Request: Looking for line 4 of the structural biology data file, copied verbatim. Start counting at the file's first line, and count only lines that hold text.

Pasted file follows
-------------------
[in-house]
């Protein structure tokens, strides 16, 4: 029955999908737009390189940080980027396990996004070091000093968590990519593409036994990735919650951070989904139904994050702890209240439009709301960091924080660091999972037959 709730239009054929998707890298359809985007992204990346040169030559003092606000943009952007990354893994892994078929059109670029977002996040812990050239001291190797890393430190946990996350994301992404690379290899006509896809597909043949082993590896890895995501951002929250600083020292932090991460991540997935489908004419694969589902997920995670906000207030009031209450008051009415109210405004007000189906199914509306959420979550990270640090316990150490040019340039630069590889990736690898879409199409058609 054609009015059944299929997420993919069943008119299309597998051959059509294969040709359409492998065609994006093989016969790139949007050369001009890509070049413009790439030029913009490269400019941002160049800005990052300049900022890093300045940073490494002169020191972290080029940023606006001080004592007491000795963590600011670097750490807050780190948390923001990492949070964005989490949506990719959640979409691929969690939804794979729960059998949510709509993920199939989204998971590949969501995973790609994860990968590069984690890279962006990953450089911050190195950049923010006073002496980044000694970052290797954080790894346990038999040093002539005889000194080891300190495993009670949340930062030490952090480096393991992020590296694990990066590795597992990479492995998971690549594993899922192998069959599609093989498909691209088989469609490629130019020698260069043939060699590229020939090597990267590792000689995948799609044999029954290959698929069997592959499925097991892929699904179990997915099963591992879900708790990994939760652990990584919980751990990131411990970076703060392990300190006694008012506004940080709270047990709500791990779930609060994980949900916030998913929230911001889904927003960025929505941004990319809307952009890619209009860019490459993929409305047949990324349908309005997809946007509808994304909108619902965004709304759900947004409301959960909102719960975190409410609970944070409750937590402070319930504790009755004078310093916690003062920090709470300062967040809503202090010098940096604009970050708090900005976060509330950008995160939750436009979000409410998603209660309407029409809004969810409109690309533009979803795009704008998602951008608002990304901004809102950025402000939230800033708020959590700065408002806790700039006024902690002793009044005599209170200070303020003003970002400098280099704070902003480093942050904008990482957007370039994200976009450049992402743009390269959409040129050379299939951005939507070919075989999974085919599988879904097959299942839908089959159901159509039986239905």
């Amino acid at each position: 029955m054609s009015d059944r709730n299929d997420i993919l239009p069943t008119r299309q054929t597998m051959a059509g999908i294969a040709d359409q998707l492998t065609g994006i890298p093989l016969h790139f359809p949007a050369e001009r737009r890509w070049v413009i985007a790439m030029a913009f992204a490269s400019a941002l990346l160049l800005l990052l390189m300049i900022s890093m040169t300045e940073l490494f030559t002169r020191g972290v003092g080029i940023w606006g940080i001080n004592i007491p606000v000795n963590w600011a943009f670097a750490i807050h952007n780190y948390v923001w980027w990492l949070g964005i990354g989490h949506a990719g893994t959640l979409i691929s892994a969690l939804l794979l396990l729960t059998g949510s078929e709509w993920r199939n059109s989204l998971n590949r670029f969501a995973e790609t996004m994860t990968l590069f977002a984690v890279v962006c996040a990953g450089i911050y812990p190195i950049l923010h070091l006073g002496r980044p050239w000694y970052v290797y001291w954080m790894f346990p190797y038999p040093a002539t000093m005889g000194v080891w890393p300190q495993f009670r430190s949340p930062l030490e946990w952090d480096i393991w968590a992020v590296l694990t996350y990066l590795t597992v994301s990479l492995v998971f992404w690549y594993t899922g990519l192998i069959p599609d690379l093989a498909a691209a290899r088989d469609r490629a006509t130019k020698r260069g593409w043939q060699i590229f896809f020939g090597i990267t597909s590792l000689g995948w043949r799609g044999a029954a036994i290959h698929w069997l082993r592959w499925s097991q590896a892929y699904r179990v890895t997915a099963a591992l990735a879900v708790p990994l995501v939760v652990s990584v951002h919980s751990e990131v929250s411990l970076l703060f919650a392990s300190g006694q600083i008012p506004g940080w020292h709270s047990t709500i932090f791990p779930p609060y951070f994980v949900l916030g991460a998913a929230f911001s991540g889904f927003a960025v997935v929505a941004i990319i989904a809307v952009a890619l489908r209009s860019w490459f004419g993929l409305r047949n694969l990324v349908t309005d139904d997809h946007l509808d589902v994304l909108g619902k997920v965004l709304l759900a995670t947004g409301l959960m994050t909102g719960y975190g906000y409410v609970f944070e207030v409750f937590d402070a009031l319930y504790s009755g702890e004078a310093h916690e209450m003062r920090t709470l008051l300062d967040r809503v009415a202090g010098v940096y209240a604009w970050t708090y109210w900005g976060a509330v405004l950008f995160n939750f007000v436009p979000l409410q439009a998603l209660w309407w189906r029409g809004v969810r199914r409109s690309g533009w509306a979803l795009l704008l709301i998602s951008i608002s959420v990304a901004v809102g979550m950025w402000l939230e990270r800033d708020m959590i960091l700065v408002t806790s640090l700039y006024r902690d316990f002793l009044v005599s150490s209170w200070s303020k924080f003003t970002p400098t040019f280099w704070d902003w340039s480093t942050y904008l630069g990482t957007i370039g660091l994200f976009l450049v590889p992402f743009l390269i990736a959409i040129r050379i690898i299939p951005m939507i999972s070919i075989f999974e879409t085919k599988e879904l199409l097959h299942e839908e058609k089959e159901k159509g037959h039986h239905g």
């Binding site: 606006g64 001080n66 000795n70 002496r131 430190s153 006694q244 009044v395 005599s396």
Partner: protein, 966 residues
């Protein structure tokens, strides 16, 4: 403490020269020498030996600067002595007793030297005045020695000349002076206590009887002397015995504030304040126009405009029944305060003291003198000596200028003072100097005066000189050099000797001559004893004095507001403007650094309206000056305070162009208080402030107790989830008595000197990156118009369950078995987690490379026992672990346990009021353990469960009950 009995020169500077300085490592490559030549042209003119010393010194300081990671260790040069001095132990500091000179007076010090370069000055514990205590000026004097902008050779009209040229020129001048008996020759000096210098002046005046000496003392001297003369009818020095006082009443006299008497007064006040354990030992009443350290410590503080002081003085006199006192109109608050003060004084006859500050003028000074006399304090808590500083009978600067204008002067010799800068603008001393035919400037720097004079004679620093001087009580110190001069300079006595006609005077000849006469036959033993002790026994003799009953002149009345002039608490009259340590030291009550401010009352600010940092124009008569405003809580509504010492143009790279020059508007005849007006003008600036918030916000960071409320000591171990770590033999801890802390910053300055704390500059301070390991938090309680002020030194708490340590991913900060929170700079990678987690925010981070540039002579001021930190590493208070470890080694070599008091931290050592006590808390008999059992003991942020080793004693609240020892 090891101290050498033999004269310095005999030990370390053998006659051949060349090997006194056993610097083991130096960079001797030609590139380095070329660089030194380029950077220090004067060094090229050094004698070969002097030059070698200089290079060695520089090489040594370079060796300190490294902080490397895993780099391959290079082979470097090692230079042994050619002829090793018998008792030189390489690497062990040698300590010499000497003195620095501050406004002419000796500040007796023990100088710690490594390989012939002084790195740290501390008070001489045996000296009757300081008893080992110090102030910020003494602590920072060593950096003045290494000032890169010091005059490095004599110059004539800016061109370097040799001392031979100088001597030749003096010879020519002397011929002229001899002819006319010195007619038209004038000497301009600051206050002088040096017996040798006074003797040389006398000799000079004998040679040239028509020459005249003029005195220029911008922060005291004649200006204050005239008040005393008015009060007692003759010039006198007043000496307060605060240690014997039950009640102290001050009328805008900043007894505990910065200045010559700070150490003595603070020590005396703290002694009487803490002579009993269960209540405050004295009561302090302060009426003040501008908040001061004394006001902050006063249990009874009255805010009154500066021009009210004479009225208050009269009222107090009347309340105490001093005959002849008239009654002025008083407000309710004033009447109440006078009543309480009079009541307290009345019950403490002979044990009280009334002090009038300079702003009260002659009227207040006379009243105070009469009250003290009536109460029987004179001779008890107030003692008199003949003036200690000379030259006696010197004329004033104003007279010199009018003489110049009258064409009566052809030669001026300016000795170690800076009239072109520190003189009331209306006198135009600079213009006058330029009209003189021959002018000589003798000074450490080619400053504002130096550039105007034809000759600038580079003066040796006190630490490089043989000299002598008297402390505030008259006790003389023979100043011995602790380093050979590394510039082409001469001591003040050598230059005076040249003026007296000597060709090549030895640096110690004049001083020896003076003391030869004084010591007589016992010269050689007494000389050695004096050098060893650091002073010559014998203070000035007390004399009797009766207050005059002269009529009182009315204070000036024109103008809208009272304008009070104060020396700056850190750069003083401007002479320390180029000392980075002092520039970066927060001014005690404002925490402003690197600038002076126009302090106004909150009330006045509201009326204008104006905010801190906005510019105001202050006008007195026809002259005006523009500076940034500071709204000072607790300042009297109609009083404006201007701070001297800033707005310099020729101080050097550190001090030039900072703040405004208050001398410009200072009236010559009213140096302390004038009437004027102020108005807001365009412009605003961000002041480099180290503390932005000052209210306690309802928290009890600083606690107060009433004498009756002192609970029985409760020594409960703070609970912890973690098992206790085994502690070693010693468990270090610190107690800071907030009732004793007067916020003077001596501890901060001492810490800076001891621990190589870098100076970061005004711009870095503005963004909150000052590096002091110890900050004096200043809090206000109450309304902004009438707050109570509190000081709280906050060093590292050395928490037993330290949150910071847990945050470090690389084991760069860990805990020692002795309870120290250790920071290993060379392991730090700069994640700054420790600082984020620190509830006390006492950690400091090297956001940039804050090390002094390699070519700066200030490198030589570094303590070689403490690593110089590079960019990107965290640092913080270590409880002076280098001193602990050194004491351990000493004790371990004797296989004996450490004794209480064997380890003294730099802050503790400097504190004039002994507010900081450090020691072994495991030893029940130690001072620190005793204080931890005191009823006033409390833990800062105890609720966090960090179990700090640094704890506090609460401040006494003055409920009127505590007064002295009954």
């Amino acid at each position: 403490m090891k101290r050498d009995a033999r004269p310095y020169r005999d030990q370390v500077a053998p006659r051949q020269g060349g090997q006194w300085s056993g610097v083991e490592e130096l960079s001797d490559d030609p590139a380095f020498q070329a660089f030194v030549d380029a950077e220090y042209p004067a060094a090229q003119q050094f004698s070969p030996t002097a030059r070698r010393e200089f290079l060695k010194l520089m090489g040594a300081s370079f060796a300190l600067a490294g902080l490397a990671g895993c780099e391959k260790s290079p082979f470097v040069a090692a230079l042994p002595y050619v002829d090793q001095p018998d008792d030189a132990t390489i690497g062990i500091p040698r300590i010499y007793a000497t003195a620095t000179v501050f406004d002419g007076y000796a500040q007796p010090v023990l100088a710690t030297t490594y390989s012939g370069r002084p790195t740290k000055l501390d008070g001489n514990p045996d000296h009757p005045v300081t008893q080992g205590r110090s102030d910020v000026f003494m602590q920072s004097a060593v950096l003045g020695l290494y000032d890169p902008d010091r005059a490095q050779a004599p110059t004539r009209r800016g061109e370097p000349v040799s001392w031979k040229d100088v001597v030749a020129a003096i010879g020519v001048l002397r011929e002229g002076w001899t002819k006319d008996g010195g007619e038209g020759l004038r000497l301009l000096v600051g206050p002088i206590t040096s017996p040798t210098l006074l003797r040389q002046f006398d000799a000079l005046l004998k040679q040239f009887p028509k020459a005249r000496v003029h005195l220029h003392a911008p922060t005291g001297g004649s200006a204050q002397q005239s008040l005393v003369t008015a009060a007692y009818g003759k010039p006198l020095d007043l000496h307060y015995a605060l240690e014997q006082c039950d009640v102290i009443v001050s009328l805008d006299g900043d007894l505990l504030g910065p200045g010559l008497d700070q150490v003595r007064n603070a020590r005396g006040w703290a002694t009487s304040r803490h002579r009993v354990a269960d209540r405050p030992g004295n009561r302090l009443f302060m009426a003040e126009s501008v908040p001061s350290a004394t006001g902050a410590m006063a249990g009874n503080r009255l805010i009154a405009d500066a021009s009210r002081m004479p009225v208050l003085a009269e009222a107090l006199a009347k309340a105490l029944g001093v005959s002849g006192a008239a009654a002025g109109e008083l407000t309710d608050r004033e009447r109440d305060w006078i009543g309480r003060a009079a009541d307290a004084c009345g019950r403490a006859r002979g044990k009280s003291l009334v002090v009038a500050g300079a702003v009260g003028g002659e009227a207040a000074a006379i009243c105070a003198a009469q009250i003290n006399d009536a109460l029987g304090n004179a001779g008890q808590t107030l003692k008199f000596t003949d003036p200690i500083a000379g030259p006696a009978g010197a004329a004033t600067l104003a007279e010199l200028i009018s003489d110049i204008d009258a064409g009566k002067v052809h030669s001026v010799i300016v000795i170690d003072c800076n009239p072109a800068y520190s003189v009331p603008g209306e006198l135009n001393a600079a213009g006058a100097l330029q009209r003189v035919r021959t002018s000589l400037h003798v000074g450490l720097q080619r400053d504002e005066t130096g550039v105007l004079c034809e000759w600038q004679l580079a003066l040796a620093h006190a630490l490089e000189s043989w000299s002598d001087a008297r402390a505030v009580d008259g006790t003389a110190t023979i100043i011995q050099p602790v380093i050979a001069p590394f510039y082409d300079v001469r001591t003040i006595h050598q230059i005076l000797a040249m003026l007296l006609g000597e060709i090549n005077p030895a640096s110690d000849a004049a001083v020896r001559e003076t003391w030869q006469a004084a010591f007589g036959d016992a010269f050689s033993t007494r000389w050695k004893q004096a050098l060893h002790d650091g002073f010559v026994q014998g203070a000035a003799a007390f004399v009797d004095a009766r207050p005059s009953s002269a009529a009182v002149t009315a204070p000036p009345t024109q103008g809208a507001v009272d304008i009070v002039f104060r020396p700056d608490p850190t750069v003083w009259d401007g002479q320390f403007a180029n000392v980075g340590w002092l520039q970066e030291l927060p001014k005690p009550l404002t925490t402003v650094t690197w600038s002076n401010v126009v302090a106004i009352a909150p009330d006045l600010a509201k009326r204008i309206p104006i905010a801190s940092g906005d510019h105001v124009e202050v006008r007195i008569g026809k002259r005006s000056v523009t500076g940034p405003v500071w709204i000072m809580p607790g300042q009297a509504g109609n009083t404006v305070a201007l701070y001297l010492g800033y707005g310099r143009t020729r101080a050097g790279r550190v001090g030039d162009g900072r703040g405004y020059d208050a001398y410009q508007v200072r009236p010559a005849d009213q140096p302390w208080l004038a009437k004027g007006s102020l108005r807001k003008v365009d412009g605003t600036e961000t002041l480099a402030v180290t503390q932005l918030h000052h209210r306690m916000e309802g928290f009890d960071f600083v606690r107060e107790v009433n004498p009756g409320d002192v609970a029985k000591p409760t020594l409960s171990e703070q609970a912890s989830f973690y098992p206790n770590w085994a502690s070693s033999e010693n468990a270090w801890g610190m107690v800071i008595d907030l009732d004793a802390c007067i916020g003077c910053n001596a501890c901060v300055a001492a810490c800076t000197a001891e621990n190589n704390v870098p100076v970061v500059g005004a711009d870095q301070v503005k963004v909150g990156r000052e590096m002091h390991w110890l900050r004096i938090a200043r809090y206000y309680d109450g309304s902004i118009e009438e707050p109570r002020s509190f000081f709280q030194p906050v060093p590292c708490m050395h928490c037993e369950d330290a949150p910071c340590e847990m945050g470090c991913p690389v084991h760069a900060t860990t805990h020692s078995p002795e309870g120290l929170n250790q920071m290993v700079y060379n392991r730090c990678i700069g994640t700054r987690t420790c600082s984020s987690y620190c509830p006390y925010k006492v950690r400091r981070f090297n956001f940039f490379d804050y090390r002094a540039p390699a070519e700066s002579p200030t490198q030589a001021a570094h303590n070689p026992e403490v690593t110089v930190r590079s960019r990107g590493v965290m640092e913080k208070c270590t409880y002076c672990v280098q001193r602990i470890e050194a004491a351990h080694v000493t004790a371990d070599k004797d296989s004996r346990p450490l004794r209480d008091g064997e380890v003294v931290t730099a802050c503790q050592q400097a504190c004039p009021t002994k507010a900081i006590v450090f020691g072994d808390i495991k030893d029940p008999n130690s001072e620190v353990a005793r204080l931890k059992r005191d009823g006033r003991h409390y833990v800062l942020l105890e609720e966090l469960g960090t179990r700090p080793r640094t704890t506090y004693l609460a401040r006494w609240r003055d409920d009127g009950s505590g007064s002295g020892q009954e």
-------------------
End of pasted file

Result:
């Binding site: 606006g64 001080n66 000795n70 002496r131 430190s153 006694q244 009044v395 005599s396």